• Golden Globe Awards

1955: International Films Share the Spotlight

In the 1950s, there were a few years when multiple films were awarded the Golden Globe for Best Foreign Film (now Best Non-English Language Film), and 1955 was one of those years.
The 12th Golden Globes were held on February 24, 1955, at the Ambassador Hotel, and, befitting the organization’s international roots, four foreign films were voted the winners by the Hollywood Foreign Press Association.

The first was the British film Genevieve, a comedy about a car race. Two couples, Alan and Wendy (John Gregson and Dinah Sheridan), and Ambrose and his girlfriend Rosalind (Kenneth More and Kay Kendall), take part in a car rally from London to Brighton. What starts out as friendly rivalry turns into a bitter competition as the four decide to race back to London, cheating and sabotaging each other the whole way.
Directed by Henry Cornelius and written by William Rose (best known for his Ealing comedies), the movie takes its title from the winning car, a 1904 French Darracq. Made on a tiny budget and shot in two months, the film was written off by its distributor, Rank Studios, but turned into a surprise hit, and made stars of all four of its actors.

The second winner was the Argentine film La Mujer de las Camelias, based on the widely adapted romantic novel “La Dame aux Camélias,” by Alexandre Dumas fils. Directed by Ernesto Arancibia, the film stars Zully Moreno, Carlos Thompson, and Mona Maris, and tells the story of a beautiful and doomed courtesan, Margarita (Moreno), who falls in love with the young, bourgeois Armand (Thompson). Their ill-fated romance ends when she dies of consumption.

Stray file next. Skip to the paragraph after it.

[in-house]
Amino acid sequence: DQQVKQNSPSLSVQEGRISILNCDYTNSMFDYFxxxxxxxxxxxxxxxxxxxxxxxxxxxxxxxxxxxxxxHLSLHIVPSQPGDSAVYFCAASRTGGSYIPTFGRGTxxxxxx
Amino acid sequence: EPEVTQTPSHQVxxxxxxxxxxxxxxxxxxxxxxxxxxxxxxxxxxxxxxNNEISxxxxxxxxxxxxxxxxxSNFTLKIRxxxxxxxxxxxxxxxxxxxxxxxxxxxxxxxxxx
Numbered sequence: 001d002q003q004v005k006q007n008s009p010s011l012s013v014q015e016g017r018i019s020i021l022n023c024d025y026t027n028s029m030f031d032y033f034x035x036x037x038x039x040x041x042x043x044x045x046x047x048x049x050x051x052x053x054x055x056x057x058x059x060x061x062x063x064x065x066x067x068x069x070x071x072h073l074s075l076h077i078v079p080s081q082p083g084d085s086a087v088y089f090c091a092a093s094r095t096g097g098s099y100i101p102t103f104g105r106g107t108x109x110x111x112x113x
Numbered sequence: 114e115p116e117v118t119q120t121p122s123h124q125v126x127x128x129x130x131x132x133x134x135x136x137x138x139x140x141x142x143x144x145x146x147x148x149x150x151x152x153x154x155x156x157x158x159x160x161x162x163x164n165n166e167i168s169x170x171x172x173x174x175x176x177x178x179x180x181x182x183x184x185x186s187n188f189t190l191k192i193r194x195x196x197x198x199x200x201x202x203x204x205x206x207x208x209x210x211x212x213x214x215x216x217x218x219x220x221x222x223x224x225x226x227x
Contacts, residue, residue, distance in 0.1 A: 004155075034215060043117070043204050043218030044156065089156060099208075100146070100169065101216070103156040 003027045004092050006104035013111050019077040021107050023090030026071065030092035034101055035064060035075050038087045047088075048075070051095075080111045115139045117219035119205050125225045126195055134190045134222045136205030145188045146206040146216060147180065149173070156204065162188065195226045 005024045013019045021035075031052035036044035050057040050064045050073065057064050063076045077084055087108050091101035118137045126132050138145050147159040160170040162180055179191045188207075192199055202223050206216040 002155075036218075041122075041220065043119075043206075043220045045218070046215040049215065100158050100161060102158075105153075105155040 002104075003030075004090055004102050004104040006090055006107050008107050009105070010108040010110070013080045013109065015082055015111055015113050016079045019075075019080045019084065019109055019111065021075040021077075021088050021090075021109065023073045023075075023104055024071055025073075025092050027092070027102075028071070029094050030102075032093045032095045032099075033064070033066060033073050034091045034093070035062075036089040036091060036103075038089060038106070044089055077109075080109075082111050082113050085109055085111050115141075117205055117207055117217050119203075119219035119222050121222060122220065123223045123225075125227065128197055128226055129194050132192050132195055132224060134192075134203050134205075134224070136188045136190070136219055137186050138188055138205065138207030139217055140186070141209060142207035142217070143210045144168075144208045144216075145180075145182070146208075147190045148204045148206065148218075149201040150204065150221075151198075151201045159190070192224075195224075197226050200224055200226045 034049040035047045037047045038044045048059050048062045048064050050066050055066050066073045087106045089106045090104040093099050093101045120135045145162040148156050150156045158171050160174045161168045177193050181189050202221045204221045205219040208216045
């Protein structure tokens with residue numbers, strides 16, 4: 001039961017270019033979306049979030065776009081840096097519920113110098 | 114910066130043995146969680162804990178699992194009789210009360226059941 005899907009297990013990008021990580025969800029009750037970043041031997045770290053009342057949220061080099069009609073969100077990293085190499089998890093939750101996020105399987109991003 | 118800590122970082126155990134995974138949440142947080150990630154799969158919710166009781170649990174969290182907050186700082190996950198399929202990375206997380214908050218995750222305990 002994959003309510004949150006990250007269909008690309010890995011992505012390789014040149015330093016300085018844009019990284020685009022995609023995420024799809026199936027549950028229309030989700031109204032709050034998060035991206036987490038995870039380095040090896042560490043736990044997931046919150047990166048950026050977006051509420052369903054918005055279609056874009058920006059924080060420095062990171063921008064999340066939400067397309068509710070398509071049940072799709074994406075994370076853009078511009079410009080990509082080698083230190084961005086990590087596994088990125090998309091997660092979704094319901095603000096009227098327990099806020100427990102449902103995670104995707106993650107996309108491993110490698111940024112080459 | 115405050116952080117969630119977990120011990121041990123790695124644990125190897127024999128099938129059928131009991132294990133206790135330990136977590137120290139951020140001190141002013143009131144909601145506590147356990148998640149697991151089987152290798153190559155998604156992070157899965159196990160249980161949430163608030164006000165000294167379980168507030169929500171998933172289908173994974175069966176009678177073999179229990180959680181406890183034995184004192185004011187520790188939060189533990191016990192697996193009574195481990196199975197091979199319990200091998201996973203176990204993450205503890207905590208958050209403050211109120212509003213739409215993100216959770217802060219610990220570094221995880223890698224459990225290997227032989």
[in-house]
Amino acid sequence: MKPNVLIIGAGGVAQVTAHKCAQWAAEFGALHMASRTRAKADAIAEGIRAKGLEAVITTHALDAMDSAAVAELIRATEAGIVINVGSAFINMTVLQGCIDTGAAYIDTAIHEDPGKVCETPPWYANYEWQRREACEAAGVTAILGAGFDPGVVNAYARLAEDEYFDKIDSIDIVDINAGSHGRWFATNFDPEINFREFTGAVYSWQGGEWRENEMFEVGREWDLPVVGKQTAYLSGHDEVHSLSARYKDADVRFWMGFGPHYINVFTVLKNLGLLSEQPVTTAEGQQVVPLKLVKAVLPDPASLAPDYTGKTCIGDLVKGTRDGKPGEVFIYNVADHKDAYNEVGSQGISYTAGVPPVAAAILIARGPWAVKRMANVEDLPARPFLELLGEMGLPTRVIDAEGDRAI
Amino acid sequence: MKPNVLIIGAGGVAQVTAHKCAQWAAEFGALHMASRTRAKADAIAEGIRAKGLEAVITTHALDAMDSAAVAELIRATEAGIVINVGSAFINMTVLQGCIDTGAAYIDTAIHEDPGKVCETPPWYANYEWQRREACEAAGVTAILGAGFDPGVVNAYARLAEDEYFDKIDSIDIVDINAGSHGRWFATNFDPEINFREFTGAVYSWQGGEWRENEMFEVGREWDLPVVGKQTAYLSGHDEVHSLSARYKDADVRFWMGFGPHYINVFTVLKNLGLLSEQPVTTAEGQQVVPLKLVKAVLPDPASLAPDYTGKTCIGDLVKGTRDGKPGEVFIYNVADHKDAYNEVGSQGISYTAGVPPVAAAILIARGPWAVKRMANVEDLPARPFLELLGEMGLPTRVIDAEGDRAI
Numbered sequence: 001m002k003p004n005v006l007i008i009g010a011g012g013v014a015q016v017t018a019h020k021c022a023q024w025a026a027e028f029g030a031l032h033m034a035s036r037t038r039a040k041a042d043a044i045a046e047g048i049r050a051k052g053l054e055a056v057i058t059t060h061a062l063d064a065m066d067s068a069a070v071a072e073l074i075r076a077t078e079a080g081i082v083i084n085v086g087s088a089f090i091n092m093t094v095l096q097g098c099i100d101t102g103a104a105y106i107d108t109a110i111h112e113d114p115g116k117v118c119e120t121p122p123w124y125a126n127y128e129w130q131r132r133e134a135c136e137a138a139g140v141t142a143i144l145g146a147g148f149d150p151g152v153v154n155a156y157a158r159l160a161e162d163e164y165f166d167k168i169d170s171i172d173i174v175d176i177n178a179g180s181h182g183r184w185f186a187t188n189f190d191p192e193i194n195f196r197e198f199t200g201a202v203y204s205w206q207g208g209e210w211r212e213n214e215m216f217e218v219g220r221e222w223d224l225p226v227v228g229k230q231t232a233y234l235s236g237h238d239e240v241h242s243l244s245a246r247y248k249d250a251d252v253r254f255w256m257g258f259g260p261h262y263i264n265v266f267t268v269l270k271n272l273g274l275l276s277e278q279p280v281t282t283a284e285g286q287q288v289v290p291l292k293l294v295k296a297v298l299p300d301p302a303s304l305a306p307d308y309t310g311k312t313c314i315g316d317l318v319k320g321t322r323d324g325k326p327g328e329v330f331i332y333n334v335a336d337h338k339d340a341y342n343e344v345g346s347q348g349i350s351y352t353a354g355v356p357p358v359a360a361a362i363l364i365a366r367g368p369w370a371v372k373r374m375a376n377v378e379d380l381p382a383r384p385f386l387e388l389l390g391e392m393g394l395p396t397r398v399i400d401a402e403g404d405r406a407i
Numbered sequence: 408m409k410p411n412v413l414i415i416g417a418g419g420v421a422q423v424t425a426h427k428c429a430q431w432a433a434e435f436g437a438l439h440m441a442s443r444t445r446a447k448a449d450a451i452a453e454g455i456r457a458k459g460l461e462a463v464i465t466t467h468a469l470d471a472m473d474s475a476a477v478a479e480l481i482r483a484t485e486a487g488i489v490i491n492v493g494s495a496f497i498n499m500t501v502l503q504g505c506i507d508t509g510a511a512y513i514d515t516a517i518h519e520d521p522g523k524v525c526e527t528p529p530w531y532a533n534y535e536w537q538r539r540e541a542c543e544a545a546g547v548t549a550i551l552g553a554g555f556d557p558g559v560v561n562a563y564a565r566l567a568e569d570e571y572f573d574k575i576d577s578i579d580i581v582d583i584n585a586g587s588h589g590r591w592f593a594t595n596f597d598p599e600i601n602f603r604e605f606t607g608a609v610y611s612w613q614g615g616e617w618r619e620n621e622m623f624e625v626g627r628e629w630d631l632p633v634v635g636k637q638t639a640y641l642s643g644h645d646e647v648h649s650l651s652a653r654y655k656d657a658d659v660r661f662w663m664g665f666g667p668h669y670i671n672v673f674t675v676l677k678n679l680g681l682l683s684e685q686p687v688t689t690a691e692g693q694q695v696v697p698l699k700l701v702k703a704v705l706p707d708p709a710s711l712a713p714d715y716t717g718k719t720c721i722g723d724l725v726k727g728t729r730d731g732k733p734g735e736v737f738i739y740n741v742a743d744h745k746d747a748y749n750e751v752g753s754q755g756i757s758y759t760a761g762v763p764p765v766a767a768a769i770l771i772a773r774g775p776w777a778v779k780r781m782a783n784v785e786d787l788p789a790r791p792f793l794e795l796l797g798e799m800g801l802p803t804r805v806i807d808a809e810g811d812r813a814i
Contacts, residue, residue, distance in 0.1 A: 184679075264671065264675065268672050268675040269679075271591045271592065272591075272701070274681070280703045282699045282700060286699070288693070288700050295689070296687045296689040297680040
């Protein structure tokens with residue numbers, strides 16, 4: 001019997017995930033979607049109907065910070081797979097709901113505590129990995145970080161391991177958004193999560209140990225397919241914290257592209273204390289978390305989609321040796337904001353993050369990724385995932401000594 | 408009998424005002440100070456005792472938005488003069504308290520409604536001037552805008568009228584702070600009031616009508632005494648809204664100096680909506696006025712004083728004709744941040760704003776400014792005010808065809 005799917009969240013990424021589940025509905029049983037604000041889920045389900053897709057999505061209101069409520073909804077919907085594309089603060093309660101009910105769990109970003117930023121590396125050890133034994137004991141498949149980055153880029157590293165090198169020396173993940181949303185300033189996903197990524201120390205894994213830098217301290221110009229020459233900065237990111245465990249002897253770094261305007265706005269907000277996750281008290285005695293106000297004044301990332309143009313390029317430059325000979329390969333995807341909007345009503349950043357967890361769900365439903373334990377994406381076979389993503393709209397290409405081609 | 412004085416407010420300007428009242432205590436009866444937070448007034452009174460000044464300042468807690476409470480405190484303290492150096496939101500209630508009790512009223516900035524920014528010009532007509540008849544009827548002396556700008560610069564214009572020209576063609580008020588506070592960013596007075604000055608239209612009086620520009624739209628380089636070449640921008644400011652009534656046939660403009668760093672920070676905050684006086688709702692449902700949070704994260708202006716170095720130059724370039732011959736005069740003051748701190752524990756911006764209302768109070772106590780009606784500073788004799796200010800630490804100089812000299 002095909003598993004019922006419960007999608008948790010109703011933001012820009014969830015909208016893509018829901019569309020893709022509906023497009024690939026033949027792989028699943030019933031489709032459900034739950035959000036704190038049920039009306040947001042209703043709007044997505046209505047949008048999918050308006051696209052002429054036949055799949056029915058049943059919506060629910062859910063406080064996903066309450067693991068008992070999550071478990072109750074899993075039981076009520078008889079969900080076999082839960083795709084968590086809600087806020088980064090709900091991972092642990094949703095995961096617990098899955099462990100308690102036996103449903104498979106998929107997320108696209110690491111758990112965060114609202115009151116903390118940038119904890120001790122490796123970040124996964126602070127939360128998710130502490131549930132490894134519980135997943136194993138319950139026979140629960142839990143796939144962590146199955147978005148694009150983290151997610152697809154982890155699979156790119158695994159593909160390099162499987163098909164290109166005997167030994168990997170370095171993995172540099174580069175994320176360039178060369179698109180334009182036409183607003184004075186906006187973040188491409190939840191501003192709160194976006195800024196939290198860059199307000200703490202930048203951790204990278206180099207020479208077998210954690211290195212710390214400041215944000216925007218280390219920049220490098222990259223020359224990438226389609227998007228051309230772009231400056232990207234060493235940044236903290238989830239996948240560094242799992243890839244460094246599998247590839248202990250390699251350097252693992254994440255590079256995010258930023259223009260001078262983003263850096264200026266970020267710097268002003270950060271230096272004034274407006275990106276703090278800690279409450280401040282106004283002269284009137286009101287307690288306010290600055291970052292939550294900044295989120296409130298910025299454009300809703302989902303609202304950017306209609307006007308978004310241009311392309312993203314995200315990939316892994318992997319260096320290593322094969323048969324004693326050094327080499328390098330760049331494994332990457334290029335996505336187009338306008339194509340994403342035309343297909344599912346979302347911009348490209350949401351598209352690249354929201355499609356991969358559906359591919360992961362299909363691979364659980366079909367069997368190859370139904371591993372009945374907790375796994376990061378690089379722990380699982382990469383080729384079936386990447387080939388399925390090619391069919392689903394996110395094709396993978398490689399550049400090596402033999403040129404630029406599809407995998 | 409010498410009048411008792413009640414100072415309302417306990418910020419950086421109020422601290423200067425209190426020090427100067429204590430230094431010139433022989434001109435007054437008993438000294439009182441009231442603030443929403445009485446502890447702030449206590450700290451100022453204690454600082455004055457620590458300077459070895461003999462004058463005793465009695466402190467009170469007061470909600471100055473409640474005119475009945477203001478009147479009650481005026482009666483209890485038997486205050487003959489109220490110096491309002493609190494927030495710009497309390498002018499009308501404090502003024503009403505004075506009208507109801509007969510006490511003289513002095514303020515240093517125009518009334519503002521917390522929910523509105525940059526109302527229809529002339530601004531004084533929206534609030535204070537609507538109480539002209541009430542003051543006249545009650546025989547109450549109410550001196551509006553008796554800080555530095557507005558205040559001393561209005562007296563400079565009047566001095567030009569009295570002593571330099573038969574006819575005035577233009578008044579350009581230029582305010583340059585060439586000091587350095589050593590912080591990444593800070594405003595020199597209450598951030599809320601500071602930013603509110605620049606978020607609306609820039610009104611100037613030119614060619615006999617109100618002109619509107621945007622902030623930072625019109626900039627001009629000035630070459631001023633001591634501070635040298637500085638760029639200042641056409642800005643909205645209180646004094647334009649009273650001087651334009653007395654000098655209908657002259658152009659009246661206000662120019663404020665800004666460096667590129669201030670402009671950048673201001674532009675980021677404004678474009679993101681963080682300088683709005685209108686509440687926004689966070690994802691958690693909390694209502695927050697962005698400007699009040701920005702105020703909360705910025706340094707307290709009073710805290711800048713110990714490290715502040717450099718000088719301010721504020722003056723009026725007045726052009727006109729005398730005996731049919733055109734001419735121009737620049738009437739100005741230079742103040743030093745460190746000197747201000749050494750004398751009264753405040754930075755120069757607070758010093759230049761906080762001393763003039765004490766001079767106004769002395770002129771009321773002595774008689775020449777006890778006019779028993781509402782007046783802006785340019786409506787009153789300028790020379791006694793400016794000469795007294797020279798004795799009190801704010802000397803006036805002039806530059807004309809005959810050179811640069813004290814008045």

The German movie No Way Back was the third winner of the night, a postwar drama directed by Victor Vicas and starring Ivan Desny, Ruth Niehaus, and René Deltgen. After the Battle of Berlin in 1945, a Russian soldier rescues a German girl hiding in a cellar. He returns to East Berlin seven years later as a civil engineer, and discovers that she is now the police chief’s secretary. The two fall in love and try to escape to West Germany, but the Russian police foil their plans, and for the doomed lovers there is no way out.

The fourth Golden Globe winner was director Keisuke Kinoshita’s Twenty-Four Eyes, based on the eponymous 1952 novel by Sakae Tsuboi. The narrative spans 20 years in the life of an inspirational teacher played by Hideko Takamine. The title refers to the eyes of the teacher’s first 12 students in first grade. Beloved by her pupils but scorned by adults because of her modern clothes and habit of bike-riding, the teacher guides her students through their school years all the way to adulthood, in some cases seeing them off to war. She starts her own family, lives through the turmoil of World War II, and goes back to her vocation of teaching until the end of her life.